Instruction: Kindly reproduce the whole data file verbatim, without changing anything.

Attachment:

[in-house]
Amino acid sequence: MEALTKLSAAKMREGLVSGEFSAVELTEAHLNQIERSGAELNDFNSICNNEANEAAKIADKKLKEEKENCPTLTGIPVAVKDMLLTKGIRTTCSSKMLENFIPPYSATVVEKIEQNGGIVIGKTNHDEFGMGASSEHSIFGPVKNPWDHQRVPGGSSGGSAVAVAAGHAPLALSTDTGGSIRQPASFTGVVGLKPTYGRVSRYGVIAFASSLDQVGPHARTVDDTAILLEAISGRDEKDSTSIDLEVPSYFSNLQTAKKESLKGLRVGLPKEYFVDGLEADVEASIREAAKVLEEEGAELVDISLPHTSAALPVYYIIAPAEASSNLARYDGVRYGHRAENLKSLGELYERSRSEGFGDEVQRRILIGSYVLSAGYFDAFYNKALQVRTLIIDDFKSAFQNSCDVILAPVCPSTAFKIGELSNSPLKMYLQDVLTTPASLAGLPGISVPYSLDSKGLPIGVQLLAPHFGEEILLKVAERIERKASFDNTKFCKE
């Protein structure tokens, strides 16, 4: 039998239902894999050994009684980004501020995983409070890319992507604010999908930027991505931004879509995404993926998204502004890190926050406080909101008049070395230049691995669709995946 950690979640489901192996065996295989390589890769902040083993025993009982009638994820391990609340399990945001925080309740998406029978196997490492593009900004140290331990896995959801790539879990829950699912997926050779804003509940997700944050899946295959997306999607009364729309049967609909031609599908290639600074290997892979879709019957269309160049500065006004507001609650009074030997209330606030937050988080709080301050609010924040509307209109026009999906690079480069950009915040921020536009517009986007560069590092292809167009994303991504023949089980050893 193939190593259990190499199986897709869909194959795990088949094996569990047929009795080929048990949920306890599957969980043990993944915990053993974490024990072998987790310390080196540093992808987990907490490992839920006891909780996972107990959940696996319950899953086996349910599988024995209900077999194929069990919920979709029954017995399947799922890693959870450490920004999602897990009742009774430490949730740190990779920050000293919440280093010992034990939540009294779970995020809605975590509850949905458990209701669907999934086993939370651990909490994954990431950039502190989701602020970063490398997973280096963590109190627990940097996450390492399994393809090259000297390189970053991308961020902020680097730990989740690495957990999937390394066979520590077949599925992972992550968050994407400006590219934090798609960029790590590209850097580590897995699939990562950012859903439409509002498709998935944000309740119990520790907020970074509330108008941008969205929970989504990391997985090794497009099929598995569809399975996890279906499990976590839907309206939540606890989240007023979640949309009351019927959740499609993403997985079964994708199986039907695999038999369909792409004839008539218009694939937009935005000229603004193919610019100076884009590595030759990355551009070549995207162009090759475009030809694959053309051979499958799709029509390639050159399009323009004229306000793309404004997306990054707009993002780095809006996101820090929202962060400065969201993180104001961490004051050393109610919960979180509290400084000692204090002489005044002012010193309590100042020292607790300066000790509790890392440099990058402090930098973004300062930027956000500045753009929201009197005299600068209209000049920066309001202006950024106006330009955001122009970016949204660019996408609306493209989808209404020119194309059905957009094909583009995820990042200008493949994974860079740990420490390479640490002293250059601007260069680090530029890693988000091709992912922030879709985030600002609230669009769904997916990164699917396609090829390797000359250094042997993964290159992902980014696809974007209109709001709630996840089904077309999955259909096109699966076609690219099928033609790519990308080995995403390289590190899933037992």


[in-house]
Amino acid sequence: MEALTKLSAAKMREGLVSGEFSAVELTEAHLNQIERSGAELNDFNSICNNEANEAAKIADKKLKEEKENCPTLTGIPVAVKDMLLTKGIRTTCSSKMLENFIPPYSATVVEKIEQNGGIVIGKTNHDEFGMGASSEHSIFGPVKNPWDHQRVPGGSSGGSAVAVAAGHAPLALSTDTGGSIRQPASFTGVVGLKPTYGRVSRYGVIAFASSLDQVGPHARTVDDTAILLEAISGRDEKDSTSIDLEVPSYFSNLQTAKKESLKGLRVGLPKEYFVDGLEADVEASIREAAKVLEEEGAELVDISLPHTSAALPVYYIIAPAEASSNLARYDGVRYGHRAENLKSLGELYERSRSEGFGDEVQRRILIGSYVLSAGYFDAFYNKALQVRTLIIDDFKSAFQNSCDVILAPVCPSTAFKIGELSNSPLKMYLQDVLTTPASLAGLPGISVPYSLDSKGLPIGVQLLAPHFGEEILLKVAERIERKASFDNTKFCKE
């Protein structure tokens, strides 16, 4: 039998239902894999050994009684980004501020995983409070890319992507604010999908930027991505931004879509995404993926998204502004890190926050406080909101008049070395230049691995669709995946 950690979640489901192996065996295989390589890769902040083993025993009982009638994820391990609340399990945001925080309740998406029978196997490492593009900004140290331990896995959801790539879990829950699912997926050779804003509940997700944050899946295959997306999607009364729309049967609909031609599908290639600074290997892979879709019957269309160049500065006004507001609650009074030997209330606030937050988080709080301050609010924040509307209109026009999906690079480069950009915040921020536009517009986007560069590092292809167009994303991504023949089980050893 193939190593259990190499199986897709869909194959795990088949094996569990047929009795080929048990949920306890599957969980043990993944915990053993974490024990072998987790310390080196540093992808987990907490490992839920006891909780996972107990959940696996319950899953086996349910599988024995209900077999194929069990919920979709029954017995399947799922890693959870450490920004999602897990009742009774430490949730740190990779920050000293919440280093010992034990939540009294779970995020809605975590509850949905458990209701669907999934086993939370651990909490994954990431950039502190989701602020970063490398997973280096963590109190627990940097996450390492399994393809090259000297390189970053991308961020902020680097730990989740690495957990999937390394066979520590077949599925992972992550968050994407400006590219934090798609960029790590590209850097580590897995699939990562950012859903439409509002498709998935944000309740119990520790907020970074509330108008941008969205929970989504990391997985090794497009099929598995569809399975996890279906499990976590839907309206939540606890989240007023979640949309009351019927959740499609993403997985079964994708199986039907695999038999369909792409004839008539218009694939937009935005000229603004193919610019100076884009590595030759990355551009070549995207162009090759475009030809694959053309051979499958799709029509390639050159399009323009004229306000793309404004997306990054707009993002780095809006996101820090929202962060400065969201993180104001961490004051050393109610919960979180509290400084000692204090002489005044002012010193309590100042020292607790300066000790509790890392440099990058402090930098973004300062930027956000500045753009929201009197005299600068209209000049920066309001202006950024106006330009955001122009970016949204660019996408609306493209989808209404020119194309059905957009094909583009995820990042200008493949994974860079740990420490390479640490002293250059601007260069680090530029890693988000091709992912922030879709985030600002609230669009769904997916990164699917396609090829390797000359250094042997993964290159992902980014696809974007209109709001709630996840089904077309999955259909096109699966076609690219099928033609790519990308080995995403390289590190899933037992």